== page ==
The final step of ECLAIR amounts to constructing a representative tree connecting the consensus clusters. We first construct a fully connected graph G^{¿}, with the weight of the edge connecting clusters and given by
where and refer to the number of cells in and , respectively, and L^{(m)}(*x,y*) is the path length between cells *x* and *y* in the m-th tree. From this graph, again, we extract a MST, *T*^{¿}, by using Prim's algorithm. This is from now on referred to as the ECLAIR tree. In the main text, we show that the ECLAIR tree provides a robust estimate of the lineage relationship.

### Tree visualization

We use the igraph Python package (http://igraph.org/python/) to visualize the various trees generated by SPADE or ECLAIR. To facilitate visualization, we encode the overall gene expression pattern associated with a cell cluster in a particular coloring scheme. Specifically, the raw gene expression pattern is subjected to Principal Component Analysis (PCA). The first three components are rescaled to the [0, 1] interval, and together define a unique color in the RGB encoding scheme. As such, clusters with similar expression patterns will have similar colors. Besides, the size of each node is scaled according to the number of cells it contains.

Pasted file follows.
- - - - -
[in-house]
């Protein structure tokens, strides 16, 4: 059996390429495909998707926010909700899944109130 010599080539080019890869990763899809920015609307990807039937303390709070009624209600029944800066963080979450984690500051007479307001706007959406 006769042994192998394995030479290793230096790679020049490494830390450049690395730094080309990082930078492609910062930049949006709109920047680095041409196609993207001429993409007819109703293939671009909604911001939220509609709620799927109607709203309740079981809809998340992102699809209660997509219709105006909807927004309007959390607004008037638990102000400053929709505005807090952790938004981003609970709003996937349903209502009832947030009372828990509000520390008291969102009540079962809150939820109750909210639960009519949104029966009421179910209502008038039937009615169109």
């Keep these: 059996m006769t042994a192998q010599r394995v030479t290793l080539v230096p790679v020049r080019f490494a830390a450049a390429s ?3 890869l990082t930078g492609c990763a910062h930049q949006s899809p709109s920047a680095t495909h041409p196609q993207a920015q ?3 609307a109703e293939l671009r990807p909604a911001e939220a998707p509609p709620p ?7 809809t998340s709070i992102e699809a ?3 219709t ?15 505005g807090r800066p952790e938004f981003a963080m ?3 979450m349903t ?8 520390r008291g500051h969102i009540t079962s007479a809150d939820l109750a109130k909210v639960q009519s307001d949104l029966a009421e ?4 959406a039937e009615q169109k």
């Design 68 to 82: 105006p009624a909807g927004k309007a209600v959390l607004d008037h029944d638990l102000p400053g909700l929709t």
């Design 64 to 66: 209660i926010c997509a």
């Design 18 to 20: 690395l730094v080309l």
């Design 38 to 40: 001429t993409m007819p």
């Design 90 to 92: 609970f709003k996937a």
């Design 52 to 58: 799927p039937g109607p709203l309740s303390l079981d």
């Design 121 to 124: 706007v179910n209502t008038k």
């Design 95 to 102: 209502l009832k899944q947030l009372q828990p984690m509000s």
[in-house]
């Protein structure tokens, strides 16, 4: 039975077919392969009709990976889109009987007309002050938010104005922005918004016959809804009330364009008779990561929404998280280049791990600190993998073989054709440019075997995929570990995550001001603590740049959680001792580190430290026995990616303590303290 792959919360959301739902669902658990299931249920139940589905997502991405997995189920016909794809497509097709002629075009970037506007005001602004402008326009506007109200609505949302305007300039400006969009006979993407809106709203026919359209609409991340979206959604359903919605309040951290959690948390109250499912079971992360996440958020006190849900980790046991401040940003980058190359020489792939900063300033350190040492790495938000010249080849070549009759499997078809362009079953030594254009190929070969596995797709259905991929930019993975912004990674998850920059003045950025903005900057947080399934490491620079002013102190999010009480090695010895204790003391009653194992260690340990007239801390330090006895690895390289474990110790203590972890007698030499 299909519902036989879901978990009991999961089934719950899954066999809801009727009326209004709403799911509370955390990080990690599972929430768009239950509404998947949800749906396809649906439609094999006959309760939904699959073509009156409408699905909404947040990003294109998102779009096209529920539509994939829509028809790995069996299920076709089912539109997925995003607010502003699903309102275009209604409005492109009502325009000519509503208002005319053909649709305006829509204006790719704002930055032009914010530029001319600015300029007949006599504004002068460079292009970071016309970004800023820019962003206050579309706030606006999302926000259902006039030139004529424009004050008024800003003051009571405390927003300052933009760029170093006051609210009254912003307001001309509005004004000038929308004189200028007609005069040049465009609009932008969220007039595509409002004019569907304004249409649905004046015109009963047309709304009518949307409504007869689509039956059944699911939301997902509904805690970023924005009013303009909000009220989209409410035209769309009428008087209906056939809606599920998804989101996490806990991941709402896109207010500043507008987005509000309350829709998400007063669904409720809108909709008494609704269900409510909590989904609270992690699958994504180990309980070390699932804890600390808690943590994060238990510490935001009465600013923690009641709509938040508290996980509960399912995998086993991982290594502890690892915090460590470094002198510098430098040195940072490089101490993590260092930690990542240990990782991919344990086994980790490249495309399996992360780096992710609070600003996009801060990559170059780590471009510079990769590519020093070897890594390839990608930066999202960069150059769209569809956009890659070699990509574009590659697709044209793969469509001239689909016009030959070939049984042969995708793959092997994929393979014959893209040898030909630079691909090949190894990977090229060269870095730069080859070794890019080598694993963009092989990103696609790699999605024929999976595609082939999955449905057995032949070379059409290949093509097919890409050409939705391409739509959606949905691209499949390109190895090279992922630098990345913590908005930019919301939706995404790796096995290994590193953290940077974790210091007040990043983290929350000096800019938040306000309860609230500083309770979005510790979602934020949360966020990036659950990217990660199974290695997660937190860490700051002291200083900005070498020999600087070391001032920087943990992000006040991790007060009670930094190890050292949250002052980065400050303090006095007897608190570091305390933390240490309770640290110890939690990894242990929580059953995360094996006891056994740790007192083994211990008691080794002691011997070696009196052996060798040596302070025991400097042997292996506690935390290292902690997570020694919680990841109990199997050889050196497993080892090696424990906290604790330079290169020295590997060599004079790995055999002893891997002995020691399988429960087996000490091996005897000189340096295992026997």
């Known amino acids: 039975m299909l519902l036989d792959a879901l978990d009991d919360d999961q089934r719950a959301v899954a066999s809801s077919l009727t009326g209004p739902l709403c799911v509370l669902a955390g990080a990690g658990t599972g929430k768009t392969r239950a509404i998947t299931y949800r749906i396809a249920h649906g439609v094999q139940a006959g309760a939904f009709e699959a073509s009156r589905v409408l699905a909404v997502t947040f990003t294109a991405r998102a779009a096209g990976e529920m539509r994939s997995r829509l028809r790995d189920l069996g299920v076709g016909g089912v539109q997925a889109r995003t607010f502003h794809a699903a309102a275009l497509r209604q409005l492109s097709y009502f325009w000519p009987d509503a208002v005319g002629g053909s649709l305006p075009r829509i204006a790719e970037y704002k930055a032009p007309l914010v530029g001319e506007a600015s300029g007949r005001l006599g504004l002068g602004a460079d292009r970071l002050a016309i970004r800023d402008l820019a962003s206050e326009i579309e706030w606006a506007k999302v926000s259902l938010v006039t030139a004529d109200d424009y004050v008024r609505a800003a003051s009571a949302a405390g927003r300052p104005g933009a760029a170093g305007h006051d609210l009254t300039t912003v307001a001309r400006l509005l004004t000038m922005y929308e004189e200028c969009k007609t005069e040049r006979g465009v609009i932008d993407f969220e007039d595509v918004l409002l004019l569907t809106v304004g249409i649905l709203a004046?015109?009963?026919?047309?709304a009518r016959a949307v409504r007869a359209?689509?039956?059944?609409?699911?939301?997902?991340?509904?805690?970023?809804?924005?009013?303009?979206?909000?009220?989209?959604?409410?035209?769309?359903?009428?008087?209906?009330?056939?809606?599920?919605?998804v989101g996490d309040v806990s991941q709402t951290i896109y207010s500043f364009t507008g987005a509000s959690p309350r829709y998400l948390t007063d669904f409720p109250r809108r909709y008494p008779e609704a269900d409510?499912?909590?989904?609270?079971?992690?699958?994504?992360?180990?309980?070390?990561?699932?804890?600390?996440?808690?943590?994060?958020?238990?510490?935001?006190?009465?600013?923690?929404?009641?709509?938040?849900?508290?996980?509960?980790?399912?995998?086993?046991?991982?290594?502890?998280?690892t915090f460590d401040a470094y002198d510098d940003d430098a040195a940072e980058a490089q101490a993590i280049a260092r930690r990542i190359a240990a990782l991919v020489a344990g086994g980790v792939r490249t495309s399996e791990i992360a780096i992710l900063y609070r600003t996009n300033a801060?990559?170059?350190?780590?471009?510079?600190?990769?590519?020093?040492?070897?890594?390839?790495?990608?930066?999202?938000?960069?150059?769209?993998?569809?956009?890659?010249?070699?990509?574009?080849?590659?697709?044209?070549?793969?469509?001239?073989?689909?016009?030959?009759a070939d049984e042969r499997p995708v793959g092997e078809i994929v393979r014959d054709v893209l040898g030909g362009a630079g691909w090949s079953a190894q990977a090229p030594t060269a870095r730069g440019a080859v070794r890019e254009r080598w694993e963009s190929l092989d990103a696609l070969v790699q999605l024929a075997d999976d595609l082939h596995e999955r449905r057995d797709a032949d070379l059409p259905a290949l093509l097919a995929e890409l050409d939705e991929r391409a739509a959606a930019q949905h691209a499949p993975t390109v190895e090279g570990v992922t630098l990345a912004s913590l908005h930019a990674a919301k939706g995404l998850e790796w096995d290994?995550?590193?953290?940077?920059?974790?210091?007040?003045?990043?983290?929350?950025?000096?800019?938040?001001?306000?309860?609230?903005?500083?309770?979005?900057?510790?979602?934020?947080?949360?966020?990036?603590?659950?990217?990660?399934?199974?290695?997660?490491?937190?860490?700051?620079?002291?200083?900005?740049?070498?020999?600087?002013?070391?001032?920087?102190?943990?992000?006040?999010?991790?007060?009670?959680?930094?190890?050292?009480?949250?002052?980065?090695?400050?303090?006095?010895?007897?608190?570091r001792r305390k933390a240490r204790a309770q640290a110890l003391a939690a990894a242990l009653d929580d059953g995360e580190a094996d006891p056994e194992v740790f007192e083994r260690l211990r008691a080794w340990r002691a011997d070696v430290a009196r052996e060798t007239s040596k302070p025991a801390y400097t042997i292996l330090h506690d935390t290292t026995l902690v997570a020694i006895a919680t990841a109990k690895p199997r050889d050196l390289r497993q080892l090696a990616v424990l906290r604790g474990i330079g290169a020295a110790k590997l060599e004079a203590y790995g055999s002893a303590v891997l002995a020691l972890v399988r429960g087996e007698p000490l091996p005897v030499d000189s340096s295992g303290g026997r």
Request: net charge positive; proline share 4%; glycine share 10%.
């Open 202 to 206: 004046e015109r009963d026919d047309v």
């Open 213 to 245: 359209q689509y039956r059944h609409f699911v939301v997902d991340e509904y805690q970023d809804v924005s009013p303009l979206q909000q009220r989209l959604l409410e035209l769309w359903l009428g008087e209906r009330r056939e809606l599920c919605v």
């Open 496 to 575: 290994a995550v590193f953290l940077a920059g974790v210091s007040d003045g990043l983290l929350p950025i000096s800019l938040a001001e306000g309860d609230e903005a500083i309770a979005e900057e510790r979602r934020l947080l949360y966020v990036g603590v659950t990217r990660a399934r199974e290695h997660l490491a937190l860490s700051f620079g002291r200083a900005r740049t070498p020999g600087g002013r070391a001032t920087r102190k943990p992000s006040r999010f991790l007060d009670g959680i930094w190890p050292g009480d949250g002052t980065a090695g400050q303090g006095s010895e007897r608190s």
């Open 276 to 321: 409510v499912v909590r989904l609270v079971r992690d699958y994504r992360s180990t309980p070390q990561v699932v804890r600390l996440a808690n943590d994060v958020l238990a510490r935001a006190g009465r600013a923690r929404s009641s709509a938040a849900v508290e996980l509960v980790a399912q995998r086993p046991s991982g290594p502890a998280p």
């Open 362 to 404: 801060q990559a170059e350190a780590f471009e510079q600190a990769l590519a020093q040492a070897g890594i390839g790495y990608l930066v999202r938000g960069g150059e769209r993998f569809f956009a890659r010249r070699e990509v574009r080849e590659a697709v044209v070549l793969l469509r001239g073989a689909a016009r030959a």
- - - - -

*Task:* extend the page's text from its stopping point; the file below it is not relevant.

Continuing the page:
### Lineage tree comparison and robustness estimation

When we compare two lineage trees, we need to compare not only their edge connections but also their node (i.e., cell cluster) identities, since the variation associated with subsampling results in different cell clusters. Although there exists a body of literature on graph comparison (16), we are not aware of any method that takes into account the node differences. We have therefore developed new metrics that are suitable for comparing lineage trees.

First, we define a metric to compare the overall similarity between two lineage trees: *T _{i}* and

*T*. For each tree, we evaluate the path length between every pair of cells in the population, based on the edge connectivity. The correlation between the two sets of path length values is used as a metric to compare the overall similarity of T